The main entrance to Graceland

If you go to Memphis, you’re supposed to go to Graceland, so we did.

I was expecting something really over the top, but it’s not. The original house, while nice enough, appears to be like many other large homes of that era. Of course, Elvis added on a lot of extensions and other buildings.

We took the basic mansion tour, for which you are given an iPad with earphones, which guides you through the various rooms, with narration by Lisa Marie Presley, among others. If you want a tour guided by a human being, you have to pay big bucks for an “ultimate VIP tour.” We skipped that, as well as a chance to see the inside of Elvis’s airplanes. We picked a good day to come, as there were no lines. Based on the size of the visitors’ center, it looked like it would be a zoo in tourist season.

The decor may have been trendy in the 70s when the house was built, but it seems pretty tacky now, with shag carpet not only on some floors but at least one wall. My favorite was probably the billiard room, where not only the walls but also the ceiling are covered in fabric. Then there was the “jungle room,” whose name speaks for itself. The TV room had three sets, which Elvis put in after he heard than Lyndon Johnson had three in the Oval Office so he could watch all three networks at once.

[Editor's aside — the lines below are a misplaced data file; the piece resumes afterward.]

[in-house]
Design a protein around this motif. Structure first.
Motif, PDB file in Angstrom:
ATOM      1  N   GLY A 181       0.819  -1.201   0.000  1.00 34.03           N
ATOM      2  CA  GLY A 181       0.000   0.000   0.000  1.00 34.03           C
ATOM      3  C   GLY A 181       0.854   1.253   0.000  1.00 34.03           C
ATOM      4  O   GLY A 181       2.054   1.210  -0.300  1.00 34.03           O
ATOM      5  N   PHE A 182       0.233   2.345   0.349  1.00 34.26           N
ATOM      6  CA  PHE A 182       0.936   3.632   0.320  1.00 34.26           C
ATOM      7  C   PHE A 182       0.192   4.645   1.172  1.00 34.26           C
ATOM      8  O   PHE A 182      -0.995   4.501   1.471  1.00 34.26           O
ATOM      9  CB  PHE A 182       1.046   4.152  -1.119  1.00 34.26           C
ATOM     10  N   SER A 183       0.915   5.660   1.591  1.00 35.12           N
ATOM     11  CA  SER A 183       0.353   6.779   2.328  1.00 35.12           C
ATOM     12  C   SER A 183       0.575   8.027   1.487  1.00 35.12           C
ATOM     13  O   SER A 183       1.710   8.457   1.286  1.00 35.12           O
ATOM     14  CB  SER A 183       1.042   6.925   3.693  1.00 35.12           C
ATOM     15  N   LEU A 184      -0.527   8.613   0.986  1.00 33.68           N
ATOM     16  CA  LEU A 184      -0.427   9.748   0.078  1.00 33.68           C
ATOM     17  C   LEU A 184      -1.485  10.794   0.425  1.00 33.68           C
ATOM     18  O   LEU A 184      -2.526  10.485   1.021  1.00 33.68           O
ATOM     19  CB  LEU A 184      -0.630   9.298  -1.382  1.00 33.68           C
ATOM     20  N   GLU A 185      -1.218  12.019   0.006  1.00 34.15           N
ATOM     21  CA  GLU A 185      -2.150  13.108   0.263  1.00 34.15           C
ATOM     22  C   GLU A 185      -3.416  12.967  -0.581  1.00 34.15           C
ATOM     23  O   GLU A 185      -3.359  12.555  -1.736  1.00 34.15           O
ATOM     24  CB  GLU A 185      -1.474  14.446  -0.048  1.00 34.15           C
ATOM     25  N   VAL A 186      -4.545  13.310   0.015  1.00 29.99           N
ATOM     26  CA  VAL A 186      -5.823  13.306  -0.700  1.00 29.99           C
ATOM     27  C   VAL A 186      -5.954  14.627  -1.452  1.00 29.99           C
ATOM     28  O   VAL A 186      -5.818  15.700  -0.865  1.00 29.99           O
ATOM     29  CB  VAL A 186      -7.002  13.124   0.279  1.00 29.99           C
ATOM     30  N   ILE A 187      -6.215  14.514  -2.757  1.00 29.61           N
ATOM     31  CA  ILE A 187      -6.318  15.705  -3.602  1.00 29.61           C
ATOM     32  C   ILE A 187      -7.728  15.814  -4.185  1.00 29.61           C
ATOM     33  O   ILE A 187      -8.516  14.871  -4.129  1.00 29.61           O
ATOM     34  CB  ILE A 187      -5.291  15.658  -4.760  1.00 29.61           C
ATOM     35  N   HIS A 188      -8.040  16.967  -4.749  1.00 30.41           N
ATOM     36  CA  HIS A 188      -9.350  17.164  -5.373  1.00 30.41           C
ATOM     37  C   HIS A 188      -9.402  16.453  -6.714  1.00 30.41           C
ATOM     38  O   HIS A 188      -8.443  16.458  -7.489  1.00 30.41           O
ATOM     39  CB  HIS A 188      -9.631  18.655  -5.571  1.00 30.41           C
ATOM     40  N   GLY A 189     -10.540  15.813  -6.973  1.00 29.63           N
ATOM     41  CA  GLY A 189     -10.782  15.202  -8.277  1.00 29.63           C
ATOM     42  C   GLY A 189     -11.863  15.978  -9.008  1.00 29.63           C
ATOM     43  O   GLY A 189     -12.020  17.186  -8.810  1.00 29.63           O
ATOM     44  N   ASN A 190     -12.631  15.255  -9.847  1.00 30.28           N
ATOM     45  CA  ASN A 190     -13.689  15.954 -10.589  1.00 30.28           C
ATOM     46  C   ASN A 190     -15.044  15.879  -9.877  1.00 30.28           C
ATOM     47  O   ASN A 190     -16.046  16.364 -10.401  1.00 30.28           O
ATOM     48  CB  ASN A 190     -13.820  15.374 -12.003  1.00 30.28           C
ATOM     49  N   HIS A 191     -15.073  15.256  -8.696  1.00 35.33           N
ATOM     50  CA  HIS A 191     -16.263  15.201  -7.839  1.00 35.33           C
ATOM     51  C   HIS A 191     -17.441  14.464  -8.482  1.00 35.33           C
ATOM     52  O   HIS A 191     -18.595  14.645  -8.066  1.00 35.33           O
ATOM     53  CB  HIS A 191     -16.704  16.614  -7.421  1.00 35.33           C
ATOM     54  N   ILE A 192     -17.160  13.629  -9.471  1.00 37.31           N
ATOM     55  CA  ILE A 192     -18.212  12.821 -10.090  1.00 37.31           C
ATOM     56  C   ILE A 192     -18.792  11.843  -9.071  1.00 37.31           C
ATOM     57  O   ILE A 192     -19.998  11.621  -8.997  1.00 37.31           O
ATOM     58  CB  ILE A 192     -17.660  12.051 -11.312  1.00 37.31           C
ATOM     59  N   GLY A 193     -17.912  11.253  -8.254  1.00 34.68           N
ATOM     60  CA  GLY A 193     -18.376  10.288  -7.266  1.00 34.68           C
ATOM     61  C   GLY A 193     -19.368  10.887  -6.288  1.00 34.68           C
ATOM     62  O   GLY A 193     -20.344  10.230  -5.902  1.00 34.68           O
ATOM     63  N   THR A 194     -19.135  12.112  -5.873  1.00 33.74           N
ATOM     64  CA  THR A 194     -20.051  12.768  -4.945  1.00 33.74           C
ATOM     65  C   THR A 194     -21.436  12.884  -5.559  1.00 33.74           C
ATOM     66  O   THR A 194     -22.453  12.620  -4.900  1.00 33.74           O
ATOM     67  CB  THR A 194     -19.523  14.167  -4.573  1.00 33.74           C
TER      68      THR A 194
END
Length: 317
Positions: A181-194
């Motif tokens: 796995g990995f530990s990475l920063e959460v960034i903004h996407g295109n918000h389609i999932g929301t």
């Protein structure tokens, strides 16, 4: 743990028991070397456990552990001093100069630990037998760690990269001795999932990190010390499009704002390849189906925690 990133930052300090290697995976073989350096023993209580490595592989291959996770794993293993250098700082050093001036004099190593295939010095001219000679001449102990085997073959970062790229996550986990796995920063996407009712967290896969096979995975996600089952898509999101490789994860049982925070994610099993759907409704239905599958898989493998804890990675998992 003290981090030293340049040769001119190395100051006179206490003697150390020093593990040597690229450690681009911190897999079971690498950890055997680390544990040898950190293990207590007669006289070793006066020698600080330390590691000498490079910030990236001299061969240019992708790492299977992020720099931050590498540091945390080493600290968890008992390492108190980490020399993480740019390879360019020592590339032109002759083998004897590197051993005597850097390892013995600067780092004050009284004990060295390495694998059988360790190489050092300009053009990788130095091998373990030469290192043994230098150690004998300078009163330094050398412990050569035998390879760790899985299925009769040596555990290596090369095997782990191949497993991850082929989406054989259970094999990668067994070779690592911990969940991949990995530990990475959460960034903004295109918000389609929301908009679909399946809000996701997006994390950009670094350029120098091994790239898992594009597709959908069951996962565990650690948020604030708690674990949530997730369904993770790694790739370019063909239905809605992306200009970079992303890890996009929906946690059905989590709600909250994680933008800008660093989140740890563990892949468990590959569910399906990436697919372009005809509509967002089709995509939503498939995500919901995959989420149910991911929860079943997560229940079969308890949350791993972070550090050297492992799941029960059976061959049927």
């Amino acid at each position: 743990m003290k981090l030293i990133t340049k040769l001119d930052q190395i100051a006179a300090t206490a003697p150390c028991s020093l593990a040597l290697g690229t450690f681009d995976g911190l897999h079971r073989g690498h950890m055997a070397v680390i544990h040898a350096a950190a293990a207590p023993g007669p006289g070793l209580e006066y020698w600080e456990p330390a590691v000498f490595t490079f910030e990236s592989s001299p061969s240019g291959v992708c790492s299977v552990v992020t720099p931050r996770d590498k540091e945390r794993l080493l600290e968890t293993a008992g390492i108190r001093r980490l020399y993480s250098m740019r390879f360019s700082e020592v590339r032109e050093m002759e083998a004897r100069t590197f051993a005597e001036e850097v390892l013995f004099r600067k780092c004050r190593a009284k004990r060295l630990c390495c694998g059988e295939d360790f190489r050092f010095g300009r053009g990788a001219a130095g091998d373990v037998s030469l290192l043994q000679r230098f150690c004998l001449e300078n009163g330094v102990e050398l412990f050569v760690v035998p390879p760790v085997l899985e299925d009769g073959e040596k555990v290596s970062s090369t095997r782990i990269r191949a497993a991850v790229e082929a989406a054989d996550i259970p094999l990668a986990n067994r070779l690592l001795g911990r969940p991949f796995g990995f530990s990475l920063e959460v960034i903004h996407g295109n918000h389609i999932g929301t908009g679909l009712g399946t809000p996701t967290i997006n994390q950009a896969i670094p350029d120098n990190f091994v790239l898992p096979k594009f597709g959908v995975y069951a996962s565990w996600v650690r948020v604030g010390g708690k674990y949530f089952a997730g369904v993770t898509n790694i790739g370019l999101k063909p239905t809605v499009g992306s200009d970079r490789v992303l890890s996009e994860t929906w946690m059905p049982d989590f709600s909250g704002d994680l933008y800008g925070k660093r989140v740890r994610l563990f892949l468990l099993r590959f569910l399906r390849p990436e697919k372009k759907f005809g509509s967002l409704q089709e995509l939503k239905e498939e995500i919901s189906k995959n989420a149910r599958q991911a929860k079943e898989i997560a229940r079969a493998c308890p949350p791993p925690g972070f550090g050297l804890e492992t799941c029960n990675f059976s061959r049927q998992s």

The "jungle room." com plate with green shag carpet

The “jungle room.” complete with green shag carpet

This red couch once graced the mansion but is now in the museum.

This red couch once graced the mansion but is now in the museum.

The billiard room, with fabric on the walls and ceiling

The billiard room, with fabric on the walls and ceiling

Elvis was a cop groupie and collected a lot of badges and patches from various police departments.

Elvis was a cop groupie and collected a lot of badges and patches from various police departments.

Of course, Elvis came from modest beginnings — a couple of years ago we visited the modest one-room house where he was born in Tupelo, Miss. — so Graceland was a huge step up for him and his parents.